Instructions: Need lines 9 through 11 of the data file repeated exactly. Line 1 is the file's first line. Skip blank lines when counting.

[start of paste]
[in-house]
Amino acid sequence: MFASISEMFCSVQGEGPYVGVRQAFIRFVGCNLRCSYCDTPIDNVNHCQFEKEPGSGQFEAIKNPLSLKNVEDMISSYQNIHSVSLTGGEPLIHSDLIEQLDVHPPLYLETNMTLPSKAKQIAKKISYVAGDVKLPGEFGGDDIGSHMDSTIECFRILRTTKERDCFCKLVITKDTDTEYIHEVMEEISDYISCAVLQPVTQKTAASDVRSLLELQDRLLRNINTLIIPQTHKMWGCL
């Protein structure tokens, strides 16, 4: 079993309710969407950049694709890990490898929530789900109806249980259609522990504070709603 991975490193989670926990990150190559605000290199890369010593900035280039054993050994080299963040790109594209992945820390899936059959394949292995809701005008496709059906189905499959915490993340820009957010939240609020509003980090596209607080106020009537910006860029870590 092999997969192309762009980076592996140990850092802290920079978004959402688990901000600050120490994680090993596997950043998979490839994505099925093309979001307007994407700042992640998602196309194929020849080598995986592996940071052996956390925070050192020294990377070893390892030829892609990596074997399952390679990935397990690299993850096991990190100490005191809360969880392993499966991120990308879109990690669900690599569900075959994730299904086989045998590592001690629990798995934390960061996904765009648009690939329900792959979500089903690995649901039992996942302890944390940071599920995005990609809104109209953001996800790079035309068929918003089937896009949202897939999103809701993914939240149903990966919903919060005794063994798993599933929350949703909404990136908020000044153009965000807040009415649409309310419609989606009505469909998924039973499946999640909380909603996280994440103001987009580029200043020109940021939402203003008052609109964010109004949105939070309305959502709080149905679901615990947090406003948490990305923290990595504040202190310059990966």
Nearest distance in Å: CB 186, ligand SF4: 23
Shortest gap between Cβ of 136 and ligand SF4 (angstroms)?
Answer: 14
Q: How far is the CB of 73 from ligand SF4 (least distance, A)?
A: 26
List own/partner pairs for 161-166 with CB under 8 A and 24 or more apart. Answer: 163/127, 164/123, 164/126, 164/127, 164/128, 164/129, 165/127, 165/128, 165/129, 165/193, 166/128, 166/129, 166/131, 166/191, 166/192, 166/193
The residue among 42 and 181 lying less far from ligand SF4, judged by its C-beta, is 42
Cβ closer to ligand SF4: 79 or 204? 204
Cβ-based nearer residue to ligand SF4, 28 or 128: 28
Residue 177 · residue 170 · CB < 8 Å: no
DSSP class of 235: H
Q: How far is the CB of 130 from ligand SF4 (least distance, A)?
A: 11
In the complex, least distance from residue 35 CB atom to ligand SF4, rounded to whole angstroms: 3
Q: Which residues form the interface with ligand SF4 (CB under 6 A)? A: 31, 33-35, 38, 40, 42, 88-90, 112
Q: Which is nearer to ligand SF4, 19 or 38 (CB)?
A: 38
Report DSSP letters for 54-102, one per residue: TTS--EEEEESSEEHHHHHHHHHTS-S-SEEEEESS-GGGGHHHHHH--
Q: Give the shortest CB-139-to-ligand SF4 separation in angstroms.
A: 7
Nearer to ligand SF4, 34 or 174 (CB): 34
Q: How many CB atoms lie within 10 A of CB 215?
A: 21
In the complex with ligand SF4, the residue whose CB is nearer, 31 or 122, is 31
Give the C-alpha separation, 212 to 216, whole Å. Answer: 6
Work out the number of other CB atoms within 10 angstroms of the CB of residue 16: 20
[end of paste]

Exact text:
List own/partner pairs for 161-166 with CB under 8 A and 24 or more apart. Answer: 163/127, 164/123, 164/126, 164/127, 164/128, 164/129, 165/127, 165/128, 165/129, 165/193, 166/128, 166/129, 166/131, 166/191, 166/192, 166/193
The residue among 42 and 181 lying less far from ligand SF4, judged by its C-beta, is 42
Cβ closer to ligand SF4: 79 or 204? 204